Left Bundle Branch Block and Mildly Reduced LV Function

Study Questions:

What is the prognosis for patients with left bundle branch block (LBBB) and a mildly to moderately reduced left ventricular ejection fraction (LVEF) between 36% and 50%?

Methods:

Mayo Clinic medical records from 1994 to 2014 were queried for LBBB, and cases were selected if there was a baseline echocardiogram within 1 year and an LVEF between 36% and 50%. A control group without intraventricular conduction abnormality matched on age, sex, baseline LVEF, and date of echocardiogram was created. Outcomes were compared between the two groups.

Results:

There were 1,436 patients meeting inclusion criteria. Mean age was 67 years, and mean LVEF at baseline was 44%. There was no difference in baseline heart failure diagnosis between groups. LBBB was associated with significantly worse mortality (hazard ratio [HR], 1.17; 95% confidence interval [CI], 1.00-1.36), an LVEF drop to 35% or less (HR, 1.34; 95% CI, 1.09-1.63), and the need for an implantable cardioverter-defibrillator (HR, 1.50; 95% CI, 1.10-2.10). Mortality remained significantly higher in the LBBB group in multivariate analysis when controlled for heart failure, coronary artery disease, and aortic stenosis (p = 0.04).

Conclusions:

Patients with a mildly to moderately reduced LVEF and LBBB have worse clinical outcomes than those without conduction system disease.

Perspective:

The fact that LBBB is associated with worse outcomes in patients with heart failure is well established. This study demonstrates that LBBB is associated with worse outcomes even in a cohort of patients with mild LV dysfunction, more than 90% of whom did not have a diagnosis of HF prior to the baseline echocardiogram. This has important implications, because cardiac resynchronization therapy could potentially prevent progression to overt heart failure and more severe LV dysfunction. This possibility should be explored in prospective randomized trials.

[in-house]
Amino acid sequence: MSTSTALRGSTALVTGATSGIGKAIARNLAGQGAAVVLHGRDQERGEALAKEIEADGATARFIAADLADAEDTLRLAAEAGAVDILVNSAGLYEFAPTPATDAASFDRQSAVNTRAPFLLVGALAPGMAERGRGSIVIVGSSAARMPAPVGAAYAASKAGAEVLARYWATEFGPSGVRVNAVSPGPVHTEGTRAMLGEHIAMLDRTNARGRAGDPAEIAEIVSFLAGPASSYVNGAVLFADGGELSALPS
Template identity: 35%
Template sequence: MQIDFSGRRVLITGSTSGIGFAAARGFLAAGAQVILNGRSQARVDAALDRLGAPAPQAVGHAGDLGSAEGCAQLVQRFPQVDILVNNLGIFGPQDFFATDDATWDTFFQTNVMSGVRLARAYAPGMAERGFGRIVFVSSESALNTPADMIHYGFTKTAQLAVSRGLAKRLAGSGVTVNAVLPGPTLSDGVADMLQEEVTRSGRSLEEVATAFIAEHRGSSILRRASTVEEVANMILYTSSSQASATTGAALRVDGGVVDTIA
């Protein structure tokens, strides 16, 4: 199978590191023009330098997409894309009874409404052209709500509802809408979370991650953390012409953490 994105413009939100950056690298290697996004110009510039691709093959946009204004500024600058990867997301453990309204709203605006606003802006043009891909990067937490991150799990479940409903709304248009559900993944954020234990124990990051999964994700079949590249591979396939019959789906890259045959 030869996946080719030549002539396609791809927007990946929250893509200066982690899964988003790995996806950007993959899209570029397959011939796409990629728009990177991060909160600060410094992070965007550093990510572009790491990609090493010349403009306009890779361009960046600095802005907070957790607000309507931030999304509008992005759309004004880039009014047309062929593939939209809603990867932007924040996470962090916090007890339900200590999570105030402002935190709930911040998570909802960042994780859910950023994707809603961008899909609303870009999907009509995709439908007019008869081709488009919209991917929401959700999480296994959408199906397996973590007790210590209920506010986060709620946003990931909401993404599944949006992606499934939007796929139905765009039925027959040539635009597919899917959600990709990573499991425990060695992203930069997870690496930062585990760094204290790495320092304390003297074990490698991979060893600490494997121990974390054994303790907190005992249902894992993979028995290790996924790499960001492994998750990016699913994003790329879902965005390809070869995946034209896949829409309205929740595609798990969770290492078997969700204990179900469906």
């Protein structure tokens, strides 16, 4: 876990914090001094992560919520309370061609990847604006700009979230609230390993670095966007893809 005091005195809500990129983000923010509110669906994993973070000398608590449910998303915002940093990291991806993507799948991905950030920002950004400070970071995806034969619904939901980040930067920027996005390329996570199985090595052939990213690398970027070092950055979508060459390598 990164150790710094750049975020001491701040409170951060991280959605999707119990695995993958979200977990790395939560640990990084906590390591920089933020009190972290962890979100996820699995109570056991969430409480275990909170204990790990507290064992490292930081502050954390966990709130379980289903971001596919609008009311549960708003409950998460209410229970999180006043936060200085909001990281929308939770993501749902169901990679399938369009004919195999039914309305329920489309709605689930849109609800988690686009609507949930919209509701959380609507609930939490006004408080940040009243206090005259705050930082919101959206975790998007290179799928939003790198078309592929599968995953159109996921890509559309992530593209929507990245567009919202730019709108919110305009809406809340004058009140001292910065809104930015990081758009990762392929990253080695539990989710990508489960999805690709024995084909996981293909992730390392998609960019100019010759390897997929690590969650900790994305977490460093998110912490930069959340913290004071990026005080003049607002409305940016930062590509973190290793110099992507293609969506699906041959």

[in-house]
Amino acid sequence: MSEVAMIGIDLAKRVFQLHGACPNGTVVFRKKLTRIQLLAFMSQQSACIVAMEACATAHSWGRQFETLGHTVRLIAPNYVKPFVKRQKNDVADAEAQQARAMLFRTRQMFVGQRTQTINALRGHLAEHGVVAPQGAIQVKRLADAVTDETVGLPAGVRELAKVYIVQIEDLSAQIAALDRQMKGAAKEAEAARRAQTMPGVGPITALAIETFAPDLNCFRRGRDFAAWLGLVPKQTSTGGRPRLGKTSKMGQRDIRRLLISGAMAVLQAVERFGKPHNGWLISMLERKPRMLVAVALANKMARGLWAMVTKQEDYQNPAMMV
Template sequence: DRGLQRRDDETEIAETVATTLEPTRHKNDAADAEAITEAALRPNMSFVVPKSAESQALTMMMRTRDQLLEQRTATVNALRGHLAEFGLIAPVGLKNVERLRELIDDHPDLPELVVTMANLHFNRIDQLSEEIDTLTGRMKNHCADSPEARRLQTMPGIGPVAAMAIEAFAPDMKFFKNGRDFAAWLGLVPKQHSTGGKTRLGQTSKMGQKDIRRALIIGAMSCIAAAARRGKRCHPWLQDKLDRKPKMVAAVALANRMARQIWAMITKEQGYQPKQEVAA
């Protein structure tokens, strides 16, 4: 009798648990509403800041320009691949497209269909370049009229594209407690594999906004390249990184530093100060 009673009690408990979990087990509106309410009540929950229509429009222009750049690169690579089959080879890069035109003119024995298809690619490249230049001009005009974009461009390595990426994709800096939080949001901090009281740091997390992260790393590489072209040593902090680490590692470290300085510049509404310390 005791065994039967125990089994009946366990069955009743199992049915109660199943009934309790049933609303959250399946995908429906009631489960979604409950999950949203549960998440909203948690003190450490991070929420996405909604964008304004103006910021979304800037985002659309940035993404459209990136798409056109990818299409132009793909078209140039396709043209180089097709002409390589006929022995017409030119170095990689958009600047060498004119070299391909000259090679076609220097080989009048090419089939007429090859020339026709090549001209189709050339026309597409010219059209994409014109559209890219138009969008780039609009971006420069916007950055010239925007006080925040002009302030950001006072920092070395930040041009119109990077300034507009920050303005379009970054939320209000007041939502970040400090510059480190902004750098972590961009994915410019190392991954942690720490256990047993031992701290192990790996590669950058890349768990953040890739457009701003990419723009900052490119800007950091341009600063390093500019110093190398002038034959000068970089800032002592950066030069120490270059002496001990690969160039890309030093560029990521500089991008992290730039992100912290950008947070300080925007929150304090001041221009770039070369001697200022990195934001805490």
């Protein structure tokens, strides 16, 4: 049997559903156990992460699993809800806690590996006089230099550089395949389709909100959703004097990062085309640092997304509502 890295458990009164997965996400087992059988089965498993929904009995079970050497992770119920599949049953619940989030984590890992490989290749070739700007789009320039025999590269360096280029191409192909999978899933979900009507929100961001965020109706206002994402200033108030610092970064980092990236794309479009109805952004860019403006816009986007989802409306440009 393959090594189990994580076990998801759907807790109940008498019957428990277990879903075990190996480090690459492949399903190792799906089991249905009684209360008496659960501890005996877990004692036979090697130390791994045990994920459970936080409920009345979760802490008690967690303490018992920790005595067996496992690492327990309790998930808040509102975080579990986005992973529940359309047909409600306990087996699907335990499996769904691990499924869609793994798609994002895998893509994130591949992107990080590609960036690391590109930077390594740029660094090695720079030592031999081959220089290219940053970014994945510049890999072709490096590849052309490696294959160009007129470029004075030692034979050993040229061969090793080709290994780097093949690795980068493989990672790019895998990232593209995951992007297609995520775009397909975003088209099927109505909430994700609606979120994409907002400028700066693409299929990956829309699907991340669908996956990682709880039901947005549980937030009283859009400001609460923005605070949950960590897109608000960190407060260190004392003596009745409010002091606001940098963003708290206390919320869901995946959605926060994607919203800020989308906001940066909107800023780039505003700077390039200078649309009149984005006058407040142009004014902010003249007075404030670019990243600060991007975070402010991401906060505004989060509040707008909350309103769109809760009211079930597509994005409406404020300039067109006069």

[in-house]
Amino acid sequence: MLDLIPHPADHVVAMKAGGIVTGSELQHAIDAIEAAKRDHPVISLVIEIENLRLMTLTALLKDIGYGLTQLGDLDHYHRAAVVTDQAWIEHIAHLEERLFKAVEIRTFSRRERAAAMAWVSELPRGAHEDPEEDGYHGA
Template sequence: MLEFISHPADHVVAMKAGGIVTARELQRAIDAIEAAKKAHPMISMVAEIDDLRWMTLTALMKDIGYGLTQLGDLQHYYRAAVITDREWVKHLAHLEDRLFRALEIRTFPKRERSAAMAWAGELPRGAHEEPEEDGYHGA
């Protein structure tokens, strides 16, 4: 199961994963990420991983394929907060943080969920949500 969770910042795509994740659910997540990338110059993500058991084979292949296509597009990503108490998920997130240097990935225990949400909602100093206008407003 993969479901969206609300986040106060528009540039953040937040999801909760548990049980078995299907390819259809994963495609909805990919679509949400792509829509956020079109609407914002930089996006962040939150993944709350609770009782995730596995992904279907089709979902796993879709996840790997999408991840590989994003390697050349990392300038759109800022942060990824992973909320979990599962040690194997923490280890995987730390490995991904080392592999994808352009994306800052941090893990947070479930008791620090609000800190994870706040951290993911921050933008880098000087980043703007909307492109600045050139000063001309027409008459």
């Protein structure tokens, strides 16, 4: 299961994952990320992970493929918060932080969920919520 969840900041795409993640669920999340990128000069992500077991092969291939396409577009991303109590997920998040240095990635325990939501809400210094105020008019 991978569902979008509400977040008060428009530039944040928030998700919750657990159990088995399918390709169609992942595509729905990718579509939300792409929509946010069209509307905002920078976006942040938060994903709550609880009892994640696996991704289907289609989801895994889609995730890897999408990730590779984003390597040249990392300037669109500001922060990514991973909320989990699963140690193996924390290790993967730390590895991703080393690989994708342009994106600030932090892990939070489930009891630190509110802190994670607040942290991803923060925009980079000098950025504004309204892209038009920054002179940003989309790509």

Clinical Topics: Arrhythmias and Clinical EP, Heart Failure and Cardiomyopathies, Noninvasive Imaging, Prevention, Valvular Heart Disease, Implantable Devices, EP Basic Science, SCD/Ventricular Arrhythmias, Atrial Fibrillation/Supraventricular Arrhythmias, Acute Heart Failure, Echocardiography/Ultrasound

Keywords: Aortic Valve Stenosis, Arrhythmias, Cardiac, Bundle-Branch Block, Cardiac Resynchronization Therapy, Coronary Artery Disease, Defibrillators, Implantable, Echocardiography, Heart Conduction System, Heart Failure, Medical Records, Secondary Prevention, Stroke Volume, Ventricular Function, Left


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